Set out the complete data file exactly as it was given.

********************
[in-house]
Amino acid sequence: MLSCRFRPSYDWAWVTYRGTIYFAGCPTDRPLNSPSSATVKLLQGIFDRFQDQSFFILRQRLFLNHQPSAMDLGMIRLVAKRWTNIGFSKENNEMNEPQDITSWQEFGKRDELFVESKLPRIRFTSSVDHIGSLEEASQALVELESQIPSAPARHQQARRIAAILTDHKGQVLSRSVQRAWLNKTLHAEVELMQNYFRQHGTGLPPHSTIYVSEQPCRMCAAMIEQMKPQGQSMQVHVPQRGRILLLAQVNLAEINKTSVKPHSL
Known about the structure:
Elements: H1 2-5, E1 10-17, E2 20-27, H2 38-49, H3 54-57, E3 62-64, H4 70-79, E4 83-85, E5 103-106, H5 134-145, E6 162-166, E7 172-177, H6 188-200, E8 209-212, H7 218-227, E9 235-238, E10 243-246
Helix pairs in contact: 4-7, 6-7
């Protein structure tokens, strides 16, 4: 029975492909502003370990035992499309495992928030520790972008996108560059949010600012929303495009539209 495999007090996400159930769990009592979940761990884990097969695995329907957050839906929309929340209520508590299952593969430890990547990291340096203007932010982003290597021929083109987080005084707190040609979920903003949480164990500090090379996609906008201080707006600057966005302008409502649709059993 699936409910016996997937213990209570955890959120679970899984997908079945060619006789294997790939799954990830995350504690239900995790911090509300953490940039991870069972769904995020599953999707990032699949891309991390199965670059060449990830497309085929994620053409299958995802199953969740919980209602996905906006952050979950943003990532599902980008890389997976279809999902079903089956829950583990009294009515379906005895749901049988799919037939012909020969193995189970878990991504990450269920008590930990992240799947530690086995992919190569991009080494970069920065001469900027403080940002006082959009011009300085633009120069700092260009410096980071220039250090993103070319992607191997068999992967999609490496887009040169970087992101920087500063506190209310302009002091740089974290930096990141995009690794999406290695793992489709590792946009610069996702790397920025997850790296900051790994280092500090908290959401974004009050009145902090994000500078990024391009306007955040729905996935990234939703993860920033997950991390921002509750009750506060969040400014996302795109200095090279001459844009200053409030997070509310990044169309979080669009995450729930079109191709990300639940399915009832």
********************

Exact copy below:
[in-house]
Amino acid sequence: MLSCRFRPSYDWAWVTYRGTIYFAGCPTDRPLNSPSSATVKLLQGIFDRFQDQSFFILRQRLFLNHQPSAMDLGMIRLVAKRWTNIGFSKENNEMNEPQDITSWQEFGKRDELFVESKLPRIRFTSSVDHIGSLEEASQALVELESQIPSAPARHQQARRIAAILTDHKGQVLSRSVQRAWLNKTLHAEVELMQNYFRQHGTGLPPHSTIYVSEQPCRMCAAMIEQMKPQGQSMQVHVPQRGRILLLAQVNLAEINKTSVKPHSL
Known about the structure:
Elements: H1 2-5, E1 10-17, E2 20-27, H2 38-49, H3 54-57, E3 62-64, H4 70-79, E4 83-85, E5 103-106, H5 134-145, E6 162-166, E7 172-177, H6 188-200, E8 209-212, H7 218-227, E9 235-238, E10 243-246
Helix pairs in contact: 4-7, 6-7
């Protein structure tokens, strides 16, 4: 029975492909502003370990035992499309495992928030520790972008996108560059949010600012929303495009539209 495999007090996400159930769990009592979940761990884990097969695995329907957050839906929309929340209520508590299952593969430890990547990291340096203007932010982003290597021929083109987080005084707190040609979920903003949480164990500090090379996609906008201080707006600057966005302008409502649709059993 699936409910016996997937213990209570955890959120679970899984997908079945060619006789294997790939799954990830995350504690239900995790911090509300953490940039991870069972769904995020599953999707990032699949891309991390199965670059060449990830497309085929994620053409299958995802199953969740919980209602996905906006952050979950943003990532599902980008890389997976279809999902079903089956829950583990009294009515379906005895749901049988799919037939012909020969193995189970878990991504990450269920008590930990992240799947530690086995992919190569991009080494970069920065001469900027403080940002006082959009011009300085633009120069700092260009410096980071220039250090993103070319992607191997068999992967999609490496887009040169970087992101920087500063506190209310302009002091740089974290930096990141995009690794999406290695793992489709590792946009610069996702790397920025997850790296900051790994280092500090908290959401974004009050009145902090994000500078990024391009306007955040729905996935990234939703993860920033997950991390921002509750009750506060969040400014996302795109200095090279001459844009200053409030997070509310990044169309979080669009995450729930079109191709990300639940399915009832």